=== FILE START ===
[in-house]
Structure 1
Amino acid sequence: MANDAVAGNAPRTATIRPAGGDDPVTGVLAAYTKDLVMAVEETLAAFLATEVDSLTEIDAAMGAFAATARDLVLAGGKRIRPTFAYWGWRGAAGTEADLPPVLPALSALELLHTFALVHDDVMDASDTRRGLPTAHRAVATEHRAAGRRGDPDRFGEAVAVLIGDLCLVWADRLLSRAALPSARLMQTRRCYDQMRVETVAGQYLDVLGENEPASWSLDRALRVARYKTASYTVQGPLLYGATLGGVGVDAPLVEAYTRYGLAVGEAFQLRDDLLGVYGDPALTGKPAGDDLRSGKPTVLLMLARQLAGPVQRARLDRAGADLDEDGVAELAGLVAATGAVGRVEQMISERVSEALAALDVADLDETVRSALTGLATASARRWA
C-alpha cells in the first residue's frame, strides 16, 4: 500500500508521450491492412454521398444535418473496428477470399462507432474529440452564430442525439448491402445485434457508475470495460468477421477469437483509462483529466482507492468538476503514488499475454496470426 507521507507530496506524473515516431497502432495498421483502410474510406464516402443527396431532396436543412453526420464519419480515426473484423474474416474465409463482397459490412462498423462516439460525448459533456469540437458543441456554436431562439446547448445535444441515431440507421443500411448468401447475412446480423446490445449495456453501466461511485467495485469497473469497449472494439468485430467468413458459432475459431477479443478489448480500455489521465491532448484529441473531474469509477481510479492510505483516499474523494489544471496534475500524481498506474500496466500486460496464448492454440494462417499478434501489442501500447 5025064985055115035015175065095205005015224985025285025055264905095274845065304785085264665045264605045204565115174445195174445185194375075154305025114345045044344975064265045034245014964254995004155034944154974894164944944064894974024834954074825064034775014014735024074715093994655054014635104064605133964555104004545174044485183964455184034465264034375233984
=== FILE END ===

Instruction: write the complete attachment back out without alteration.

[in-house]
Structure 1
Amino acid sequence: MANDAVAGNAPRTATIRPAGGDDPVTGVLAAYTKDLVMAVEETLAAFLATEVDSLTEIDAAMGAFAATARDLVLAGGKRIRPTFAYWGWRGAAGTEADLPPVLPALSALELLHTFALVHDDVMDASDTRRGLPTAHRAVATEHRAAGRRGDPDRFGEAVAVLIGDLCLVWADRLLSRAALPSARLMQTRRCYDQMRVETVAGQYLDVLGENEPASWSLDRALRVARYKTASYTVQGPLLYGATLGGVGVDAPLVEAYTRYGLAVGEAFQLRDDLLGVYGDPALTGKPAGDDLRSGKPTVLLMLARQLAGPVQRARLDRAGADLDEDGVAELAGLVAATGAVGRVEQMISERVSEALAALDVADLDETVRSALTGLATASARRWA
C-alpha cells in the first residue's frame, strides 16, 4: 500500500508521450491492412454521398444535418473496428477470399462507432474529440452564430442525439448491402445485434457508475470495460468477421477469437483509462483529466482507492468538476503514488499475454496470426 507521507507530496506524473515516431497502432495498421483502410474510406464516402443527396431532396436543412453526420464519419480515426473484423474474416474465409463482397459490412462498423462516439460525448459533456469540437458543441456554436431562439446547448445535444441515431440507421443500411448468401447475412446480423446490445449495456453501466461511485467495485469497473469497449472494439468485430467468413458459432475459431477479443478489448480500455489521465491532448484529441473531474469509477481510479492510505483516499474523494489544471496534475500524481498506474500496466500486460496464448492454440494462417499478434501489442501500447 5025064985055115035015175065095205005015224985025285025055264905095274845065304785085264665045264605045204565115174445195174445185194375075154305025114345045044344975064265045034245014964254995004155034944154974894164944944064894974024834954074825064034775014014735024074715093994655054014635104064605133964555104004545174044485183964455184034465264034375233984